How has the pandemic permanently changed people’s lifestyles?

BROKEN ARROW, Okla. — It’s been almost one year since coronavirus invaded Oklahoma. With more than 500,000 Oklahomans now vaccinated, many are speculating about when life will return to normal. Experts say some of the changes we made during the pandemic are here to stay.

“People slowed down,” said Broken Arrow mom Lindsey Bauer-Adank.

“People got to spend time with their family. I mean, I know overall, it was the pits, but you’ve got to look at the upside of that family connection.”

Bauer-Adank, like so many of us, is spending a lot more time at home these days. Her family moved from Indiana back to Oklahoma, and she decided to become a stay-at-home mom.

A new report finds 53% of adults are spending an extra 7 hours a day at home. That amounts to two more days at home each week. More than 1/3 have a new appreciation for our homes.

“Even before the pandemic, we knew that homes are tremendously important for our wellbeing,” said New York Times best-selling author Meik Weiking.

“About 15% of our overall happiness is connected with our homes, but we can see they’ve become even more important these days.”

Weiking is CEO of the Happiness Research Institute. It’s his job to study what makes us happy.

“Fourteen percent have started to cook more, spend more time in the kitchen. Seventeen percent say they are more creative in the kitchen,” said Weiking.

“I did a lot more baking. Cooking, I’ve always done, but baking was something I never really did. I was baking bread, I was baking cakes and cookies,” said Bauer-Adank.

“I’m one of those 14%. I’ve always enjoyed cooking. I think it’s a great hobby. I think it’s a great skill, being able to put food on the table that you enjoy and your family enjoys, and I think more of us have turned to that, recently,” said Weiking.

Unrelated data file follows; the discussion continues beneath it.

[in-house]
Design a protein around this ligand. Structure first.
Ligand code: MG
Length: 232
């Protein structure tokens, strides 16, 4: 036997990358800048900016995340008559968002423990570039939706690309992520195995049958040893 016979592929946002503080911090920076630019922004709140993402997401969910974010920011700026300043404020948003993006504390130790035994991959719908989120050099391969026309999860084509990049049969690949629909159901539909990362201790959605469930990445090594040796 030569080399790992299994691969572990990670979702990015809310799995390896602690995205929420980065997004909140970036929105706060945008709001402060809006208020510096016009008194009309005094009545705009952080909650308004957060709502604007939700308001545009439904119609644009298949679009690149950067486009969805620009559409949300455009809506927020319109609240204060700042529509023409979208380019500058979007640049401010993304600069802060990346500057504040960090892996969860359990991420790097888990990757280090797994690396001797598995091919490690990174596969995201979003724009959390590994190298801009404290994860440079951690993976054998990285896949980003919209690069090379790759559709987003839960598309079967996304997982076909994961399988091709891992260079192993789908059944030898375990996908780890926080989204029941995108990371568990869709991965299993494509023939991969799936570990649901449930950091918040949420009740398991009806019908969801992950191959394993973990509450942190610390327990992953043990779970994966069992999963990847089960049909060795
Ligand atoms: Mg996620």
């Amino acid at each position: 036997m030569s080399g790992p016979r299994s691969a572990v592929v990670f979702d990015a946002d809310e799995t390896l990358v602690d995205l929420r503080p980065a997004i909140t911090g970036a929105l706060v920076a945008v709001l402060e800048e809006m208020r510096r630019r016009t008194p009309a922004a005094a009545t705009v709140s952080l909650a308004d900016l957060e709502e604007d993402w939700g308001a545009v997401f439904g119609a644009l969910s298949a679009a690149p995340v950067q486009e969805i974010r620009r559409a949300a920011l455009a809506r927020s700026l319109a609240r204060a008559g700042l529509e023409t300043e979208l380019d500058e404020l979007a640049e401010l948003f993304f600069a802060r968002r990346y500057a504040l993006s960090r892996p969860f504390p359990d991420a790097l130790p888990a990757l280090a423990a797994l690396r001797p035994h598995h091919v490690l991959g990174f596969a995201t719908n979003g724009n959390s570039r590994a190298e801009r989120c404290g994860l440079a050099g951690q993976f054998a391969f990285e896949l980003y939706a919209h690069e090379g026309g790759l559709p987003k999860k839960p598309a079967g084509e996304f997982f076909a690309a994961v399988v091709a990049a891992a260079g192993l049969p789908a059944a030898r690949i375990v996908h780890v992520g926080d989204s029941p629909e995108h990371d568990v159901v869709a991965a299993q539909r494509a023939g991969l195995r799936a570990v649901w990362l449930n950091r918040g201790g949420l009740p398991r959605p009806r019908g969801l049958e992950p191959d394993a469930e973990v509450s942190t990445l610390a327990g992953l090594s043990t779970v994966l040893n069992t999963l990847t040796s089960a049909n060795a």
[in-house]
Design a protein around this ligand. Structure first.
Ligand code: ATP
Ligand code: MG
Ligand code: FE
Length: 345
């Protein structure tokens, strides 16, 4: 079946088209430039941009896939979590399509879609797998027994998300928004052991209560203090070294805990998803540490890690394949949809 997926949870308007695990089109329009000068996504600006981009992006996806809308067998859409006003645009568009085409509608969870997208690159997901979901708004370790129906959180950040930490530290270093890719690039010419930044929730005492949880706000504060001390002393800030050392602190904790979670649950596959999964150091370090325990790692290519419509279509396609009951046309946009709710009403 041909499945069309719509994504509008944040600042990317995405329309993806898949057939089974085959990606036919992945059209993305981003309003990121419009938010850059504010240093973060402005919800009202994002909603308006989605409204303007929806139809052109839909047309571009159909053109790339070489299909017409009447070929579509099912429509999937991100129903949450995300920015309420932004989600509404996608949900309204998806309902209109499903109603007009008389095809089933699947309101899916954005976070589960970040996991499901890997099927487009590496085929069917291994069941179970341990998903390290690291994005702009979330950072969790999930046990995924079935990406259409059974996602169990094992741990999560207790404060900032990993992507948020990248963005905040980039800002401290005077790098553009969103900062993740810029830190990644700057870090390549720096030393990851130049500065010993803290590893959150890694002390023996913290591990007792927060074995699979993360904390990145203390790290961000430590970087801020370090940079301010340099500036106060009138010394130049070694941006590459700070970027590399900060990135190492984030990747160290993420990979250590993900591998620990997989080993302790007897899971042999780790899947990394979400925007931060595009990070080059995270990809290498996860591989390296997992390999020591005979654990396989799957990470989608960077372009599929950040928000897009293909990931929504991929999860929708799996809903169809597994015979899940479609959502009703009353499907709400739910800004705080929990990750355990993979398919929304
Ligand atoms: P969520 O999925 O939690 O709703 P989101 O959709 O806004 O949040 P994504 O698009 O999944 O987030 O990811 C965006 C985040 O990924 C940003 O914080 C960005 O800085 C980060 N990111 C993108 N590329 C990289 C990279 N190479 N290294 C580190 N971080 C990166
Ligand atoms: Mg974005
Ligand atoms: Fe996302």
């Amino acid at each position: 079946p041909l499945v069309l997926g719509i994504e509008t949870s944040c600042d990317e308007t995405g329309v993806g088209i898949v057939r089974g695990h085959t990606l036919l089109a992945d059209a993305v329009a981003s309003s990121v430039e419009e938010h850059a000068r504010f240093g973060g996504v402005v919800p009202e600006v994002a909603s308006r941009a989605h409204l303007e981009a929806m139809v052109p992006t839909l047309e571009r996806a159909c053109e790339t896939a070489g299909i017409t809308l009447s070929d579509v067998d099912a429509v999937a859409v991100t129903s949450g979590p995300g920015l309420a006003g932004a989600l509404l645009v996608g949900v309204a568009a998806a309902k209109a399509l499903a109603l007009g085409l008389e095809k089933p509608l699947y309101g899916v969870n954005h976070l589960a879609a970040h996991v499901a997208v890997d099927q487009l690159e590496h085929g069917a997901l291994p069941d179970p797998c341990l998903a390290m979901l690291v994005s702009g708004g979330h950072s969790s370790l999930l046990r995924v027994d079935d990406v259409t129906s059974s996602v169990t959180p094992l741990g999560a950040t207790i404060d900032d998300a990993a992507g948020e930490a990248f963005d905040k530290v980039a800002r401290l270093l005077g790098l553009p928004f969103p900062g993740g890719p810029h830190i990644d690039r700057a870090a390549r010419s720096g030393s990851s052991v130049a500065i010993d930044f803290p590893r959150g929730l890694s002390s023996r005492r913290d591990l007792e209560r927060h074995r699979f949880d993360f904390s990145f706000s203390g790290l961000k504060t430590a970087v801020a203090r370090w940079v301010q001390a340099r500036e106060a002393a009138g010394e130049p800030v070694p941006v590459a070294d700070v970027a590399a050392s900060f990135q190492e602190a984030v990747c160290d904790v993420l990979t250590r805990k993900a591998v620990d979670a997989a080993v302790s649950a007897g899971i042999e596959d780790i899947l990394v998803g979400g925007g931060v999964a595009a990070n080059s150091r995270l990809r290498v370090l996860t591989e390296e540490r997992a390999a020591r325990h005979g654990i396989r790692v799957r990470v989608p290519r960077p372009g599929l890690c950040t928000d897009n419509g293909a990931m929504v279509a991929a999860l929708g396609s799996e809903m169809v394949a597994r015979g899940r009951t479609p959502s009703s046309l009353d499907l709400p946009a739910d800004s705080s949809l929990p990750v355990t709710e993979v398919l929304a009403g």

He went on to explain how, when our world seems like it’s spiraling out of control, spending more time in the kitchen could bring us comfort.

“We cannot control a global pandemic, but I can control on what we are having for dinner tonight,” said Weiking.

”I’m focusing on that what I can control, and focusing on how do we build in some wellbeing, how do we build in some joy in our everyday lives.”

Whirlpool Corporation commissioned this research, to look at how our lives changed in 2020 and what trends might be here to stay.

“Sixteen percent have taken up a new hobby. I think the most interesting part of the study is that 27% of Americans say they have found unexpected positive outcomes of so much being at home,” said Weiking.

“For me personally, my life has gotten better. I hate to say it, but I get to enjoy my time at home with my family, and there’s no hustle and bustle,” said Bauer-Adank.

Although 54% say they hope life gets back to normal this year, more than 1/4 say they want to keep some of the changes they’ve made inside their homes, like shared chores, cooking together more, family game or movie nights, or doing new hobbies long-term.

“I’ve become really good with my kids’ Legos,” said Bauer-Adank.

“I’m a Lego architect. We’re definitely a closer family. We are definitely more involved with each others’ lives than ever before, because it’s all we have.”

Weiking shares ideas for improving happiness in this online hub: http://www.improvinglifeathome.com/

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